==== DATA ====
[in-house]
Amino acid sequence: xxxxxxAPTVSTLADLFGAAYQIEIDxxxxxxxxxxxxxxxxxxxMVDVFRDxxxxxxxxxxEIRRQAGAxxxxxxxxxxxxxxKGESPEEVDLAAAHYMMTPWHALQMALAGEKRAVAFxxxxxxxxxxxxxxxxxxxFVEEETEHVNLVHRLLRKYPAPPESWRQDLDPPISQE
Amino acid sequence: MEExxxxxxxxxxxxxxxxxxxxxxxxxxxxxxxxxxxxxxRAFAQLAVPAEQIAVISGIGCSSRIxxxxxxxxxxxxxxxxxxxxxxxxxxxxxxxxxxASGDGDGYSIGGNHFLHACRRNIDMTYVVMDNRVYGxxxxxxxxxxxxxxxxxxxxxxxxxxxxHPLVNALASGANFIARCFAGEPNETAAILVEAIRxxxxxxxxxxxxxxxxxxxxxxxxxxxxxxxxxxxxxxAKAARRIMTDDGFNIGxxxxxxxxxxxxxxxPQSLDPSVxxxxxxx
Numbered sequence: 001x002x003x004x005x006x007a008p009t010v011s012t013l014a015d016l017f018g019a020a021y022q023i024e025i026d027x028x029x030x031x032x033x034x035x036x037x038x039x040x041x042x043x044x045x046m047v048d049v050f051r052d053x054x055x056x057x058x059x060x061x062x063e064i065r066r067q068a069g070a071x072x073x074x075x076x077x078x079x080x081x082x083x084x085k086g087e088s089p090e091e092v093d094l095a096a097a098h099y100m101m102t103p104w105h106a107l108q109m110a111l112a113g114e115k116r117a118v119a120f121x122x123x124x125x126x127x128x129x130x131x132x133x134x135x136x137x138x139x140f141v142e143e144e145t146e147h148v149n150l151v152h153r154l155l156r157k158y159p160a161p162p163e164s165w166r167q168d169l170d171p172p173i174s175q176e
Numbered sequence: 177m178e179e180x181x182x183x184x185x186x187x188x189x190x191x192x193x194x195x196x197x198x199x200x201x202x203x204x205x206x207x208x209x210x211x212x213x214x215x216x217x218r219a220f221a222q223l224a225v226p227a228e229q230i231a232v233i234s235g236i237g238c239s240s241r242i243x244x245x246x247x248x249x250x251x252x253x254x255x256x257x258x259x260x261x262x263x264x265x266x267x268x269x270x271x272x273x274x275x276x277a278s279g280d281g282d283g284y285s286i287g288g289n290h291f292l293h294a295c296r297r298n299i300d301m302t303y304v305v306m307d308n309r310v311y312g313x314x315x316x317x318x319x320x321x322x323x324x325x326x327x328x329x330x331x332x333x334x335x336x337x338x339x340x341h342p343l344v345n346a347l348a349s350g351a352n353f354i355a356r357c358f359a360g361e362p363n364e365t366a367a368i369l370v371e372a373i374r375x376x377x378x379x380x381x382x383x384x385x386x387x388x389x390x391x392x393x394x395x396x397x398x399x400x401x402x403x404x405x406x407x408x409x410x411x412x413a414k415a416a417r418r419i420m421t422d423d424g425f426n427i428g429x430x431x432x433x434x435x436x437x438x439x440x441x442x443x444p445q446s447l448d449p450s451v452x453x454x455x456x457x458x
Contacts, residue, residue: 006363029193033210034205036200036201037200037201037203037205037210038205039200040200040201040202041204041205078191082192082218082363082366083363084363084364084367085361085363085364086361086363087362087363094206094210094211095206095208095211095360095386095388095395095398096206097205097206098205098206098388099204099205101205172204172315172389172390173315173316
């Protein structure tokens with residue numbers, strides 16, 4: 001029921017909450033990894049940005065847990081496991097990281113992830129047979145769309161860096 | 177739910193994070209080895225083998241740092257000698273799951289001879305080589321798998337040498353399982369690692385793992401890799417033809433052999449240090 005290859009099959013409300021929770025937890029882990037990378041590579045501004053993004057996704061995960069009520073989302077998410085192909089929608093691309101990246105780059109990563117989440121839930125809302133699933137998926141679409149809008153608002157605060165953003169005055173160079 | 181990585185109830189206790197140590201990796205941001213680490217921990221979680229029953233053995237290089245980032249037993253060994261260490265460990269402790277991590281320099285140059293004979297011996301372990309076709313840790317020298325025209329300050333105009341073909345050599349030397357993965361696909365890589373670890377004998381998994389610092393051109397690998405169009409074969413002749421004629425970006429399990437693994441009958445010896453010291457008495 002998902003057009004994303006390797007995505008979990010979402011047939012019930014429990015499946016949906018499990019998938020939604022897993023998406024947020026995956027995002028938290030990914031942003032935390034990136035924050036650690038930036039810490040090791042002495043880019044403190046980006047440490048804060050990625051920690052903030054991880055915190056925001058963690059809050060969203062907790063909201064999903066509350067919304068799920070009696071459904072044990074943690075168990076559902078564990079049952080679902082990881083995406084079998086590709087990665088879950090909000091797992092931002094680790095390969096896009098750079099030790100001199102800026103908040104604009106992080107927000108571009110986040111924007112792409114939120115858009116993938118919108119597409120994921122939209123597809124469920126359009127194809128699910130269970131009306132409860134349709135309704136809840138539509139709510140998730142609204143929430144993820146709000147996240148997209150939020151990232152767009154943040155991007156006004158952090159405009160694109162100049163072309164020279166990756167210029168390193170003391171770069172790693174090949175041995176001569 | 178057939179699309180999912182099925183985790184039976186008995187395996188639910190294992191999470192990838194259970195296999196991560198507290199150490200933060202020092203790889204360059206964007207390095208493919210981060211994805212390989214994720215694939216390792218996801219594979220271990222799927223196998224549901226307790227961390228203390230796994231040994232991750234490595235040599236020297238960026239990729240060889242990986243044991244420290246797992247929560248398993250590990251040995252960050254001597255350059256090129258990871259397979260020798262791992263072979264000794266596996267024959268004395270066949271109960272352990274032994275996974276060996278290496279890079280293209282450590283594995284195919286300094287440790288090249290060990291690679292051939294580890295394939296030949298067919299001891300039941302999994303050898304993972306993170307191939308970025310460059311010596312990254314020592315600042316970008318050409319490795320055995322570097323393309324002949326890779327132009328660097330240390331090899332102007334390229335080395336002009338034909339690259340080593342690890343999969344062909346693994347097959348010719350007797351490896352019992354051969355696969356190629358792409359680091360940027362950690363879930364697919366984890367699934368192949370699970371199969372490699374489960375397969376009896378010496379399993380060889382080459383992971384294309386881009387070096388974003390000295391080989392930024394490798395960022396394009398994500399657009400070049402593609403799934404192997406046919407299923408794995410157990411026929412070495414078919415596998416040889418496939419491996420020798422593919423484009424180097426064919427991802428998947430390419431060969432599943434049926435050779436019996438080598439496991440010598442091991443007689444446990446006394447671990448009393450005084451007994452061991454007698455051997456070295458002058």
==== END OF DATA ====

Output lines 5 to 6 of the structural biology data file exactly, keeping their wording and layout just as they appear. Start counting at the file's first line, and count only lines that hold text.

Numbered sequence: 177m178e179e180x181x182x183x184x185x186x187x188x189x190x191x192x193x194x195x196x197x198x199x200x201x202x203x204x205x206x207x208x209x210x211x212x213x214x215x216x217x218r219a220f221a222q223l224a225v226p227a228e229q230i231a232v233i234s235g236i237g238c239s240s241r242i243x244x245x246x247x248x249x250x251x252x253x254x255x256x257x258x259x260x261x262x263x264x265x266x267x268x269x270x271x272x273x274x275x276x277a278s279g280d281g282d283g284y285s286i287g288g289n290h291f292l293h294a295c296r297r298n299i300d301m302t303y304v305v306m307d308n309r310v311y312g313x314x315x316x317x318x319x320x321x322x323x324x325x326x327x328x329x330x331x332x333x334x335x336x337x338x339x340x341h342p343l344v345n346a347l348a349s350g351a352n353f354i355a356r357c358f359a360g361e362p363n364e365t366a367a368i369l370v371e372a373i374r375x376x377x378x379x380x381x382x383x384x385x386x387x388x389x390x391x392x393x394x395x396x397x398x399x400x401x402x403x404x405x406x407x408x409x410x411x412x413a414k415a416a417r418r419i420m421t422d423d424g425f426n427i428g429x430x431x432x433x434x435x436x437x438x439x440x441x442x443x444p445q446s447l448d449p450s451v452x453x454x455x456x457x458x
Contacts, residue, residue: 006363029193033210034205036200036201037200037201037203037205037210038205039200040200040201040202041204041205078191082192082218082363082366083363084363084364084367085361085363085364086361086363087362087363094206094210094211095206095208095211095360095386095388095395095398096206097205097206098205098206098388099204099205101205172204172315172389172390173315173316